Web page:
For your business to be franchisable, the overall concept and business model must be attractive enough to sell to potential franchisees. Qualities of a successful business model include credibility, a unique selling proposition, and proven financial success. 

Your business model will need to be easy to replicate. Suppose your business concept works well for you because you have strong ties to other businesses in your community, for example. In that case, it may not be easy for a franchisee to replicate your success in a different market.

Your product or service will need to be attractive to a broader audience to be successful as a national or even international franchise. If your business only works in a specific region or applies to a particular environment or community, it will severely limit your potential growth and success. 

Simplicity in a business model can be a considerable strength in expansion. Specializing in and excelling at one product or service will be better in the long run than trying to over-diversify your offerings. 

 


Should I Franchise My Business? 

Franchising is a complicated world that is not a one-way stop to becoming wealthy. You should only franchise if it aligns with your personal and business goals. If you haven’t already established some concrete goals for yourself and your business, that’s your first step. 

Creating and understanding your business goals as an owner and as a franchisor will play a massive role in deciding whether to franchise your business. You should ask yourself how far you want your business to reach, who you would like to partner with, and the new markets you would want to reach. 

You’ll need to know the ins and outs of what makes your business work. How does your management style contribute to the success of the business? What makes your business different from others? Does your company only work well in this market/industry? Are you prepared for the upfront costs associated with franchising?

Here are some essential questions to ask yourself before deciding to franchise your business

  • Is your business model scalable and able to be replicated in a variety of markets?

  • Can you provide adequate support for your franchisees by committing to all parts of the franchising process?

  • Will your franchisees be profitable if they follow your business model?

If you do franchise your business, your focus as the franchisor will shift to:

  • Brand marketing and promotion on a national level (or international if that’s your goal)

  • Attending networking and educational events

  • Altering your business plan to accommodate the franchise model

  • Building a successful system for training and recruiting new franchisees 

Royalty Self-Sufficiency

After committing to the world of franchising, many new franchisors expect to receive immediate and massive returns from their investment. This near-sighted mindset and approach to franchising will not get you far at all. 

 

Instead, the best way to approach franchising is to achieve royalty self-sufficiency as soon as possible. When royalties cover all overhead costs, there is no longer pressure to sell franchises and earn franchise fees. 

 

If the revenues you receive from royalties exceed your expenses for all sectors, you have reached royalty self-sufficiency. If costs exceed your gains, you have not reached royalty self-sufficiency, and your focus should be on franchise development (recruiting new franchisees to continue to grow your brand). Achieving royalty self-sufficiency can be a challenge at first until your brand gains the momentum it needs.

 

As a franchisor, your priority should always be supporting your franchisees. Whether it is implementing technology, developing marketing materials, or streamlining supply chain services, you’ll want to create a strong foundation for your business to stand on. Franchisee support is one of the first things prospective franchisees will look at when considering investing in your brand.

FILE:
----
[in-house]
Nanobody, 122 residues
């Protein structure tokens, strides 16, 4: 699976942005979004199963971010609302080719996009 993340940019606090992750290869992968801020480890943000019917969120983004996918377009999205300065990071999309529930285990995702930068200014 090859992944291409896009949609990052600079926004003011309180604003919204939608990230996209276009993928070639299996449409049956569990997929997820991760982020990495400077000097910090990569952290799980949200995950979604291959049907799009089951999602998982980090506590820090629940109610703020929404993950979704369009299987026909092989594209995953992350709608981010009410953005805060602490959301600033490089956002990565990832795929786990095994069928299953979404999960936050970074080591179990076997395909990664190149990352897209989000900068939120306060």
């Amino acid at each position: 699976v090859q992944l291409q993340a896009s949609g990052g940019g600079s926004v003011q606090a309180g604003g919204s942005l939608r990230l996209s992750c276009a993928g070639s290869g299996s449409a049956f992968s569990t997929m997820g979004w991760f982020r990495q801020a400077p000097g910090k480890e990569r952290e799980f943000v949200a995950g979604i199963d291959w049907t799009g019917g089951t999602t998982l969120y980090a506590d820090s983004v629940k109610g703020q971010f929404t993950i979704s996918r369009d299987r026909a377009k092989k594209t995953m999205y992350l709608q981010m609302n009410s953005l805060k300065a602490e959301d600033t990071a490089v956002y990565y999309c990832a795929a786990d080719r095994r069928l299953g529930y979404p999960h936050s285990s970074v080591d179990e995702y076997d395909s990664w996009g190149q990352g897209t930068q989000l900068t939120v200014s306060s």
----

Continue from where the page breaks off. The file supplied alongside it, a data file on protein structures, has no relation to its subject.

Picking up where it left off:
2020 Trends 

In the past several months, the franchising world has adapted to COVID-19 and its current effects. Despite the pandemic, 86% of business service franchises and 89% of commercial and residential service franchises have continued to expand

 

One of the best industries to invest in today, with COVID-19 in mind, is the commercial cleaning industry (think brands like JAN-PRO and Vanguard Cleaning Systems). Investing in or even starting your own commercial cleaning service is a smart move to make while health, sanitation, and cleanliness are at the forefront of everyone’s concerns. 

 

Food delivery services have also been widely popular thanks to new contactless delivery trends. With consumers prioritizing their safety and health, people will likely be using delivery services long after the worst of the pandemic is behind us, making now a better time than any to start a delivery franchise.

 

The telework and the telehealth industry has had a significant spike in popularity since COVID-19 due to the mass adoption of remote classes and work from home. GoTelecare is an excellent example of a franchise that has built quality software solutions for telehealth.

 

Other industries have not fared as well. Almost 75% of food-service brands stopped all franchise development activities, and many restaurants have had to shut down due to the unforeseeable circumstances. One example of this is Sweet Tomatoes, a buffet-style restaurant that could not adapt to the pandemic’s needs. 

 

However, as business innovations increase public places’ safety and more people return to their everyday lives, the need for these services will undoubtedly return in full swing, even if they look a bit different from before. 

 

Other industries that have been severely impacted by the COVID-19 pandemic include travel, hotels, hospitality, and tourism. The International Air Transport Association (AITA) has predicted that air travel demand in 2021 will drop 41% from 2019 and take between 5 and 7 years to return to pre-COVID levels.

 

As an investor or entrepreneur, it is crucial to keep the short and long term effects of COVID-19 in mind when making franchising decisions. 

 

The coronavirus pandemic has had intense effects on our economy and will continue to do so for years to come, especially in entrepreneurship. While there is still ample opportunity to grow your business and make a name for your brand, be sure to carefully consider all options before jumping in. 

Share on: